Friends of Pioneer Forest obtained a Order in Council document signed by Premier Bill Bennett in 1983 that requires the Pioneer Forest property to be “limited to the specific purpose of use as a park and recreation, and subject to reversion if not so used.” There is no provision allowing for a transfer or re-zoning of the property.
Friends of Pioneer Forest has sent letters to Nanaimo City Council and the Board of Education of School District 68 (Nanaimo-Ladysmith) calling on them to comply with an Order in Council that requires the Pioneer Forest property in Nanaimo to be used for park and recreation purposes. An Order in Council (OIC) is a type of legislation. It is issued by the Lieutenant Governor of the Province on the advice of the Premier and Cabinet Ministers. It cannot be overridden by anything other than another OIC or an Act of the Legislature.
Officials Ignored Legal Requirements
Documents obtained by Friends of Pioneer Forest show that in 1997 when the City of Nanaimo was trying to sell the Pioneer Forest property to School District 68, provincial officials knew that the provincial cabinet’s approval and a new OIC were required to remove the park restriction. However, officials sought to transfer the property and remove the park restriction without provincial cabinet approval or other legislative authority. In addition, the City of Nanaimo and School District 68 knew that removing the park restriction was a problem. The transaction was delayed for months until the City of Nanaimo and School District 68 finally obtained a letter from an assistant deputy minister claiming to remove the park restriction. Even though that letter had no statutory authority or legal standing, School District 68 filed the letter with the Land Title Office in Victoria, which subsequently wrongly removed the park restriction from the Pioneer Forest property.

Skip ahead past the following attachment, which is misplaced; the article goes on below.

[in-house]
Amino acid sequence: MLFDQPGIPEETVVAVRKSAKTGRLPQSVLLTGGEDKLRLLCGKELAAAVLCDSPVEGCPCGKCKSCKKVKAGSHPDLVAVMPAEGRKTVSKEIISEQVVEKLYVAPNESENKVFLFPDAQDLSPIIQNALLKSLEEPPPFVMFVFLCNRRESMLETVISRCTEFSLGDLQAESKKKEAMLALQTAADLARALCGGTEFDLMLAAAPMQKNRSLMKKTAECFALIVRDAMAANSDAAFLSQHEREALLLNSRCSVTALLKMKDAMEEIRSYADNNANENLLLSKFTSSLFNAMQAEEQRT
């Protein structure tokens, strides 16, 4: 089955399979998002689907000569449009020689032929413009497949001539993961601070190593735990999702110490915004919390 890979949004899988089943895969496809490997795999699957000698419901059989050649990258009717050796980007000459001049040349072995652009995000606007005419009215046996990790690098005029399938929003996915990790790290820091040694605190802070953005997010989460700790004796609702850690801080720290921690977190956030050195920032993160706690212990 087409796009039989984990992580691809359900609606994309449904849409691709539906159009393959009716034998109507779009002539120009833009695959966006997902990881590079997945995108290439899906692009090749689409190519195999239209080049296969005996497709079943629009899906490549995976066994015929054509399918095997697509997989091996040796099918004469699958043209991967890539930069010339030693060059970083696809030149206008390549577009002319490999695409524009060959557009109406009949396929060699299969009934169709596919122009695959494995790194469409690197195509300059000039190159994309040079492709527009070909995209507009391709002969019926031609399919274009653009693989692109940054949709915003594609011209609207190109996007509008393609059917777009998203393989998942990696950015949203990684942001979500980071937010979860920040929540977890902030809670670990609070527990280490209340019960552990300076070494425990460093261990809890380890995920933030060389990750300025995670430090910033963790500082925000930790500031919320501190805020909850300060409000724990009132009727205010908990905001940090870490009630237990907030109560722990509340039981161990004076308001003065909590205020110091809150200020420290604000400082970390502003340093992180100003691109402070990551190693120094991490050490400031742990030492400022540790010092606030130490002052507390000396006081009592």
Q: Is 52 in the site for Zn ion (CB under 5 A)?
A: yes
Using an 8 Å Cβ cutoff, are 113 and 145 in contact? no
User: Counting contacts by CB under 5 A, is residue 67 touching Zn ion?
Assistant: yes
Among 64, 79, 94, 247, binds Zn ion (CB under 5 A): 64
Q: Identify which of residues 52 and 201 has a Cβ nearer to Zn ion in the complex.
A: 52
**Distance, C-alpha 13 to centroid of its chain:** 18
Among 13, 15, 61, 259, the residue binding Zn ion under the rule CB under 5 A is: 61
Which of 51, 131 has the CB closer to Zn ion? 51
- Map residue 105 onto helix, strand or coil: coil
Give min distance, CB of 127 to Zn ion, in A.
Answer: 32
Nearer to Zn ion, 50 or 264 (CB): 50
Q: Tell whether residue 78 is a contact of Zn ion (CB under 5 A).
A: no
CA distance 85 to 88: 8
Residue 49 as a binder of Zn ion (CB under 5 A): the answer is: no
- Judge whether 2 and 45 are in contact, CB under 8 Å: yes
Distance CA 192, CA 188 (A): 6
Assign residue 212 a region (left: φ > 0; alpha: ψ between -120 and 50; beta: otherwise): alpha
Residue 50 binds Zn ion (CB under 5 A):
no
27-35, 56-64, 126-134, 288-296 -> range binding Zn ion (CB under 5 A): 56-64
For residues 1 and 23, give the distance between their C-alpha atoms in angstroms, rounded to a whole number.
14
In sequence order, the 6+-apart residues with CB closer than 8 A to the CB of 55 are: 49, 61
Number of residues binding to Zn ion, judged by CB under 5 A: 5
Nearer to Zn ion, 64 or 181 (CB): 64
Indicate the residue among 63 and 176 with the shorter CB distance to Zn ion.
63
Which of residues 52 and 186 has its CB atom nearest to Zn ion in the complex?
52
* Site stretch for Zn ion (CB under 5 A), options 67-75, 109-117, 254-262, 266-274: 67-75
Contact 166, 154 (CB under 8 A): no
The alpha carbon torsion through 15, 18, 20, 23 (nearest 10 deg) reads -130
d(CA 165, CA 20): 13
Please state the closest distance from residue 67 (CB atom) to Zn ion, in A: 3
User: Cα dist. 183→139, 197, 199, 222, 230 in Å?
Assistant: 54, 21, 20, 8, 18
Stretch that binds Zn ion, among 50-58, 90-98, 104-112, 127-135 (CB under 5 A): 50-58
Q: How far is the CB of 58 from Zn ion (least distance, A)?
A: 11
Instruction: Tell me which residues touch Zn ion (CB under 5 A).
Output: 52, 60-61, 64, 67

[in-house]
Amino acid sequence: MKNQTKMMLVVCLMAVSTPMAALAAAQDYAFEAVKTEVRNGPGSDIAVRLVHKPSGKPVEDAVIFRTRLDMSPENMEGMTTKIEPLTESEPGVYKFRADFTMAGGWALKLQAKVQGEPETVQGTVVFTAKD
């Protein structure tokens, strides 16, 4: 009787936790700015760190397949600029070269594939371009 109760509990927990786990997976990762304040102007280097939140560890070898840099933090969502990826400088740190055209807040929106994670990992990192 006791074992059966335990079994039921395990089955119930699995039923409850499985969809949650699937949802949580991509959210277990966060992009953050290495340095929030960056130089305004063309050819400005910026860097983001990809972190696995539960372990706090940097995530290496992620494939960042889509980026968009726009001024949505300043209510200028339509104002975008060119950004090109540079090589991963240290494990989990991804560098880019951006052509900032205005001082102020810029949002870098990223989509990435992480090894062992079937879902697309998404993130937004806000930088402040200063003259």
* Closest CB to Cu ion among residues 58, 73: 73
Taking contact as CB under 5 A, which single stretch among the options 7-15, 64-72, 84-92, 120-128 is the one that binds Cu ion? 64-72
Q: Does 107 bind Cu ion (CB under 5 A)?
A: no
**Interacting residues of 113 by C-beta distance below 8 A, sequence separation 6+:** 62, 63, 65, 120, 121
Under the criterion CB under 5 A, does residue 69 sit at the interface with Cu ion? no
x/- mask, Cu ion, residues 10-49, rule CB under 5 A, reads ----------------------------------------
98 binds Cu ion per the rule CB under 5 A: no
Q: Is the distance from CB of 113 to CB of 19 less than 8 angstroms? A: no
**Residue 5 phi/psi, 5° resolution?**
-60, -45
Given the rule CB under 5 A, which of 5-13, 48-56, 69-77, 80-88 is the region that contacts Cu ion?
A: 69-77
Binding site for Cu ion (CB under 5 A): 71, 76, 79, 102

Friends of Pioneer Forest’s lawyer, Patrick C. Canning, who has been retained with support of a grant from the West Coast Environmental Law group, has notified the Registrar of Land Titles in Victoria about the improper removal of the park restriction and reversionary clause. Friends has also informed Premier Clark and provincial cabinet that the requirements of OIC 1035 have been ignored and undermined.
“OIC 1035/1983 is all the evidence anyone needs to know with certainty that Pioneer Forest is required to be used as a park or for recreation purposes only, otherwise it reverts to the Province,” said Mr. Canning. “The city and school district needed cabinet approval to remove the park restriction, but cabinet never gave that approval.”
Friends asks City of Nanaimo and School District 68 to Protect Pioneer Forest as Required by Cabinet Order
In light of OIC 1035/1983 and other facts, Friends of Pioneer Forest is now calling on School District 68 and Nanaimo City Council to step up and do the right thing by complying with the cabinet order and work together to protect Pioneer Forest in a bylaw under s. 30 of the Community Charter without cost to city taxpayers. If the Nanaimo City Council and School District 68 refuse, Friends of Pioneer Forest will consider taking legal action to protect the forest as a park.